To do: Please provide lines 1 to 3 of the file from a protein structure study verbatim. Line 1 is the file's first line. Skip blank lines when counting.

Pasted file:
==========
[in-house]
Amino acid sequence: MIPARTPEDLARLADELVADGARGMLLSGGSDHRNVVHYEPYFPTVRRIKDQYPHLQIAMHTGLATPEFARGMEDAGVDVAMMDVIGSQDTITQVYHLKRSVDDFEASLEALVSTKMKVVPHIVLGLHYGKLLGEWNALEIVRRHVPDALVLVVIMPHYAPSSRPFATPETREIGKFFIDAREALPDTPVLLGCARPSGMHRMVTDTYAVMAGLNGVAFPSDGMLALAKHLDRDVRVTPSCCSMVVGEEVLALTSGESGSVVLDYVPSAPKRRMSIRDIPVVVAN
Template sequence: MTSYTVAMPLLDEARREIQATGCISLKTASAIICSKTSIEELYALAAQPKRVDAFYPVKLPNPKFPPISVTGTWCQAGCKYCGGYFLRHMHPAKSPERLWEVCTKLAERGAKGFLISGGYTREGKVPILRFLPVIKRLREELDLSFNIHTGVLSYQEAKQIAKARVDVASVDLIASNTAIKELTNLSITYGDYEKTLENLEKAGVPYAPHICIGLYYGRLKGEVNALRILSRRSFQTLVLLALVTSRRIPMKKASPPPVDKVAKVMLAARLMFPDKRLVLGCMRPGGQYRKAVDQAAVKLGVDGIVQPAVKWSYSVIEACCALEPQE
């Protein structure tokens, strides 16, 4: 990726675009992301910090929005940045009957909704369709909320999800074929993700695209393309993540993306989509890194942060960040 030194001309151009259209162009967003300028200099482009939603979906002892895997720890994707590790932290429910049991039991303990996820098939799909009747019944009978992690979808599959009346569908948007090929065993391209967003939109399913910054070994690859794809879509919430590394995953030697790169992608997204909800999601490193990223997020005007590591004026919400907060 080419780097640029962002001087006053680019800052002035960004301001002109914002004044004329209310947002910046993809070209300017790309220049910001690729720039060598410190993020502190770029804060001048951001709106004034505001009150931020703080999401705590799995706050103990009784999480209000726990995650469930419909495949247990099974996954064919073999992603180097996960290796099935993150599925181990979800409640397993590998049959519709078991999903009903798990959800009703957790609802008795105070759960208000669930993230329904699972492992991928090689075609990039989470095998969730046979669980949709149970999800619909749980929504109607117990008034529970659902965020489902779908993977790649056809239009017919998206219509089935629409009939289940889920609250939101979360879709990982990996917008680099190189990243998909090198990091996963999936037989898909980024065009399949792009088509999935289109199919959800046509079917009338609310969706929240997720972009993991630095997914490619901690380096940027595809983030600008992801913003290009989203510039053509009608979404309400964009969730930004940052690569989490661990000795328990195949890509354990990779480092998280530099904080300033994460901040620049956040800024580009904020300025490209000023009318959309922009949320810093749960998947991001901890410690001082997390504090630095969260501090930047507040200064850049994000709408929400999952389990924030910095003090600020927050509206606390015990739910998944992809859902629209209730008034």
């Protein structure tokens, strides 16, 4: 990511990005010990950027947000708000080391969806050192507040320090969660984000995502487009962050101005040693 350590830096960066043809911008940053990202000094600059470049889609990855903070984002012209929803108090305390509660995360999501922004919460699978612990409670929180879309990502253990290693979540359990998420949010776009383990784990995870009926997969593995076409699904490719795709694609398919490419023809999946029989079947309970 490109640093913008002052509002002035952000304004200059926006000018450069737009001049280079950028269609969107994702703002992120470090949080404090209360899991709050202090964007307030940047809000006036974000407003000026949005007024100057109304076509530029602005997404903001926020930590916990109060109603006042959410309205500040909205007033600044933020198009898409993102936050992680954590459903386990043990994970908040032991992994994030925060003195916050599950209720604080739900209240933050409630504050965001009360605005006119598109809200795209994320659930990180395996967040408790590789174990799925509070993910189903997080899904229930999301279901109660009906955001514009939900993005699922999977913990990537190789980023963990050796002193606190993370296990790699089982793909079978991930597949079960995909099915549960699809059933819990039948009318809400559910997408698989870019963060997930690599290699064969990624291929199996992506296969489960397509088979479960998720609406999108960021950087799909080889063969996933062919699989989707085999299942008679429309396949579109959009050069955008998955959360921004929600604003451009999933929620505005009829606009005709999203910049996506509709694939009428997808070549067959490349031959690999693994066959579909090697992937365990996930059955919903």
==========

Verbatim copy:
[in-house]
Amino acid sequence: MIPARTPEDLARLADELVADGARGMLLSGGSDHRNVVHYEPYFPTVRRIKDQYPHLQIAMHTGLATPEFARGMEDAGVDVAMMDVIGSQDTITQVYHLKRSVDDFEASLEALVSTKMKVVPHIVLGLHYGKLLGEWNALEIVRRHVPDALVLVVIMPHYAPSSRPFATPETREIGKFFIDAREALPDTPVLLGCARPSGMHRMVTDTYAVMAGLNGVAFPSDGMLALAKHLDRDVRVTPSCCSMVVGEEVLALTSGESGSVVLDYVPSAPKRRMSIRDIPVVVAN
Template sequence: MTSYTVAMPLLDEARREIQATGCISLKTASAIICSKTSIEELYALAAQPKRVDAFYPVKLPNPKFPPISVTGTWCQAGCKYCGGYFLRHMHPAKSPERLWEVCTKLAERGAKGFLISGGYTREGKVPILRFLPVIKRLREELDLSFNIHTGVLSYQEAKQIAKARVDVASVDLIASNTAIKELTNLSITYGDYEKTLENLEKAGVPYAPHICIGLYYGRLKGEVNALRILSRRSFQTLVLLALVTSRRIPMKKASPPPVDKVAKVMLAARLMFPDKRLVLGCMRPGGQYRKAVDQAAVKLGVDGIVQPAVKWSYSVIEACCALEPQE